Coraline soon discovers that this Other mother is a tyrant and a poison that will destroy her life and decimate her concept of her parents and of herself. What we must then hold onto as we move forward is the idea that Coraline was then searching for the well - she didn't only stumble upon it after being scared by the Cat (rather, what Wybie represents to her).

The well is in turn another symbol in this narrative that doesn't make any sense until the end. In essence, the well is naivety - which indicates that Coraline looking for the well in the beginning is possibly her trying to escape naivety (though, in a childish manner - a contradiction that seems to lie at the heart of her character as she shifts into puberty). This is poetically outlined with the following line:

Wybie: [The well is] supposed to be so deep that, if you fell into the bottom and looked up, you'd see a sky full of stars in the middle of the day.

This is a very old idea that dates as far back to Aristotle who assumed that, if you had a narrow enough field of vision, the brightness of the sky would be diminished to the point that you could see the heavens twinkling beyond. As a scientific fact, this is just wrong. And I think this is where an element of the naivety surrounding this well is implied. However, I'm struck by this line as the same thing is said in Tarkovsky's film, Ivan's Childhood.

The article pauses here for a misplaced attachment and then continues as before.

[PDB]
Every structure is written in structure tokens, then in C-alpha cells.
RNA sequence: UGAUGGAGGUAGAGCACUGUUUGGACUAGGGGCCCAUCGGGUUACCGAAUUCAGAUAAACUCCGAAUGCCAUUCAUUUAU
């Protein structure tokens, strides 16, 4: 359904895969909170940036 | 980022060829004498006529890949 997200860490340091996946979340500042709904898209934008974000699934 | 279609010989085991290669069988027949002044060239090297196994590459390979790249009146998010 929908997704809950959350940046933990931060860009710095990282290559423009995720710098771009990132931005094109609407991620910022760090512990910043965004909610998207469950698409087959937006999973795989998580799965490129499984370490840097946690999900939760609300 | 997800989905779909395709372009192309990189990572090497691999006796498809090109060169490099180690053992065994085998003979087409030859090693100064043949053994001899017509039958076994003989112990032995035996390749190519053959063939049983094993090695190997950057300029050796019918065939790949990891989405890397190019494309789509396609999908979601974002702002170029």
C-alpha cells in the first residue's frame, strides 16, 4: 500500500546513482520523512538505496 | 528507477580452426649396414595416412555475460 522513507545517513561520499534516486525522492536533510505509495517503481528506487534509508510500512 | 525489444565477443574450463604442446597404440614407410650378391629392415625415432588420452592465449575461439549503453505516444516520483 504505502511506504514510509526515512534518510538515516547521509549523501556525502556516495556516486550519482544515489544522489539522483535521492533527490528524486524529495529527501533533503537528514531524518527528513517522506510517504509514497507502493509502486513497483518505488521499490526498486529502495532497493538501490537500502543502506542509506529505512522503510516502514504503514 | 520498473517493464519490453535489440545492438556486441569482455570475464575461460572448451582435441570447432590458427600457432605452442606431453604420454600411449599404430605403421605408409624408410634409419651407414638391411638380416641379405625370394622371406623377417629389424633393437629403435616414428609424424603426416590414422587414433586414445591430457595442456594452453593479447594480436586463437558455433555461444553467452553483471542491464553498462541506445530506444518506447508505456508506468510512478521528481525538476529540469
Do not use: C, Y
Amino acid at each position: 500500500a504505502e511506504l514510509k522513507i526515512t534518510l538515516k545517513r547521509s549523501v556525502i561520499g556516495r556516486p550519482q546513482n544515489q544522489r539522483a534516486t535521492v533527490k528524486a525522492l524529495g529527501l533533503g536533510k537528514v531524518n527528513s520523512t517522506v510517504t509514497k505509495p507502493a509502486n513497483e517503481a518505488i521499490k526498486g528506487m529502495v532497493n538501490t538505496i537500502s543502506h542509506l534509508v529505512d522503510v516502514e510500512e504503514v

Within his narrative, Tarkovsky seems to use this line bittersweetly. These are in fact words from Ivan's mother than imply that there is always hope no matter how deeply you have fallen into despair; even if you are trapped at the bottom of a dark hole, you still have the chance to see the heavens. But, after seeing his family killed and being thrust into war, such an idea is proved to be conceptually false. Ivan, arguably, then finds no stars to look up to - even if he does, there is an overwhelming bitterness to the sight of them.

To take this idea of hope and map it onto Coraline, we can see a parallel between hope and naivety; Coraline wishes that her parents gave her all the attention she wants, but soon learns that an Oedipal mother is just as good as hell. And this seems to be why she has to throw the key to childish imaginations (which is represented by the Other World) into the well at the end; she has to separate herself from naivety and childishness.